Background Tremelimumab plus durvalumab and chemotherapy (T+D+CT), for first-line treatment of metastatic NSCLC, has been evaluated vs CT in a randomized phase III trial, POSEIDON (NCT03164616). In the absence of head-to-head studies, indirect treatment comparisons (ITCs) can be used to compare the efficacy of T+D+CT vs other currently approved agents including pembrolizumab plus CT (P+CT) and nivolumab plus ipilimumab plus CT (N+I+CT). However, given the potential differences in baseline characteristics between patient populations across studies, a standard ITC may be subject to bias and is therefore not necessarily the most appropriate method to derive comparative efficacy estimates. An anchored matching-adjusted indirect comparison (MAIC) is an alternative ITC method which attempts to adjust for cross-trial heterogeneity in patient populations using CT as the common comparator or anchor.
Methods Patient-level data from POSEIDON was weighted to match the baseline covariate distribution from the CheckMate 9LA trial, for both intention-to-treat (mixed histology) and non-squamous histology (NSQ) cohorts, and matched to the KEYNOTE-189 trial for the NSQ cohort. Overall survival (OS) was compared. Patient baseline characteristics and endpoints in POSEIDON were statistically tested to identify potential treatment effect modifiers (TEMs) which were subsequently clinically validated. Reweighting for POSEIDON was conducted in a pairwise manner against each comparator trial in turn using a propensity score weighting approach for the covariates that were identified as TEMs and were imbalanced across the trials. Hazard ratios (HRs) for OS were then re-estimated for POSEIDON using weighted Cox regression models and indirectly compared with those of CheckMate 9LA and KEYNOTE-189 using an ITC approach.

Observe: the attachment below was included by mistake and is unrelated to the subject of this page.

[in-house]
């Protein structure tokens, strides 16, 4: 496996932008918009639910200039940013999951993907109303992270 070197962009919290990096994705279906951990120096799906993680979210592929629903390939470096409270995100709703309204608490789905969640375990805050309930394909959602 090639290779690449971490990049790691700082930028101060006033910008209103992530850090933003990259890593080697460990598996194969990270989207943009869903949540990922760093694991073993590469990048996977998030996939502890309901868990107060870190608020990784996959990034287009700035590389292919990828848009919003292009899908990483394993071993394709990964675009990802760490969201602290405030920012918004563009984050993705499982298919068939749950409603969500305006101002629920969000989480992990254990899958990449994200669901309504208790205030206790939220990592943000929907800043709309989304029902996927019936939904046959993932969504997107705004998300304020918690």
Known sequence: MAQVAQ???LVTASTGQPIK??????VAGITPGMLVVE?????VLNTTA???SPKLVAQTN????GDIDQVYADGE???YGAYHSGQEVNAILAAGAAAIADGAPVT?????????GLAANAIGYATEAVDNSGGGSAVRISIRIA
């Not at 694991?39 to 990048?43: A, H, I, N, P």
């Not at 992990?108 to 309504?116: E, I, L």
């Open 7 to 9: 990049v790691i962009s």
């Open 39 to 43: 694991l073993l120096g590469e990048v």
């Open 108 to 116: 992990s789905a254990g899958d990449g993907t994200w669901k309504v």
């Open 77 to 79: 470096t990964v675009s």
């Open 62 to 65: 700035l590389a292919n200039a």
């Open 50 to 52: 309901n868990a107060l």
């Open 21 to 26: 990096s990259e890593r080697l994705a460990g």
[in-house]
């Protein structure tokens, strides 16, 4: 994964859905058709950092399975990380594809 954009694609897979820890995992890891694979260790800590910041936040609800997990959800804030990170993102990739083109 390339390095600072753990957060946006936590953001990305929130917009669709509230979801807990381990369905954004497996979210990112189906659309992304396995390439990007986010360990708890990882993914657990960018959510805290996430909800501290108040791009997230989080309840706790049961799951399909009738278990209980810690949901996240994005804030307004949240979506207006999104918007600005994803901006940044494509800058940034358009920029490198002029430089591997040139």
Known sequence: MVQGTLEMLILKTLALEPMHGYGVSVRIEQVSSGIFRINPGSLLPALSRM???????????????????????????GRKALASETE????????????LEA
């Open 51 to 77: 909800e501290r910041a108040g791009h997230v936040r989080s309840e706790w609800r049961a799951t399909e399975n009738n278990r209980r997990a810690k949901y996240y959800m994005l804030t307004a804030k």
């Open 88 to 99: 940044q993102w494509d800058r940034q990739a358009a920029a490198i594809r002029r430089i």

Results Covariates identified as TEMs through a series of interaction tests with treatment were race, histology and smoking status. For the mixed histology cohort, the estimated OS HR (95% CI) of T+D+CT vs N+I+CT after weighting was 0.89 (0.68, 1.16). For the NSQ cohort, the estimated OS HRs (95% CI) of T+D+CT vs P+CT and vs N+I+CT, were 0.96 (0.69, 1.35) and 0.76 (0.55, 1.07), respectively.
Conclusions The MAIC approach provides a method to generate comparative effectiveness estimates by accounting for heterogeneity in the baseline distribution of TEMs across trials. After adjusting for these differences between the considered trials, the OS HR point estimates were numerically in favour of treatment with T+D+CT vs N+I+CT in the mixed histology and NSQ populations and indicated similar OS with T+D+CT and P+CT in the NSQ population. This comparison supports T+D+CT as a potential new first-line treatment option for metastatic NSCLC.
Acknowledgements Editorial support for the development of this abstract, under the direction of the authors, was provided by Samantha Holmes of Ashfield MedComms (Macclesfield, UK), an Inizio company, and was funded by AstraZeneca.
Ethics Approval All studies were performed in accordance with applicable local regulations with approval from independent ethics committees or institutional review boards. These were large international, multicenter trials and there are too many ethics approvals to feasibly list these details for each site. All patients provided written informed consent for participation.
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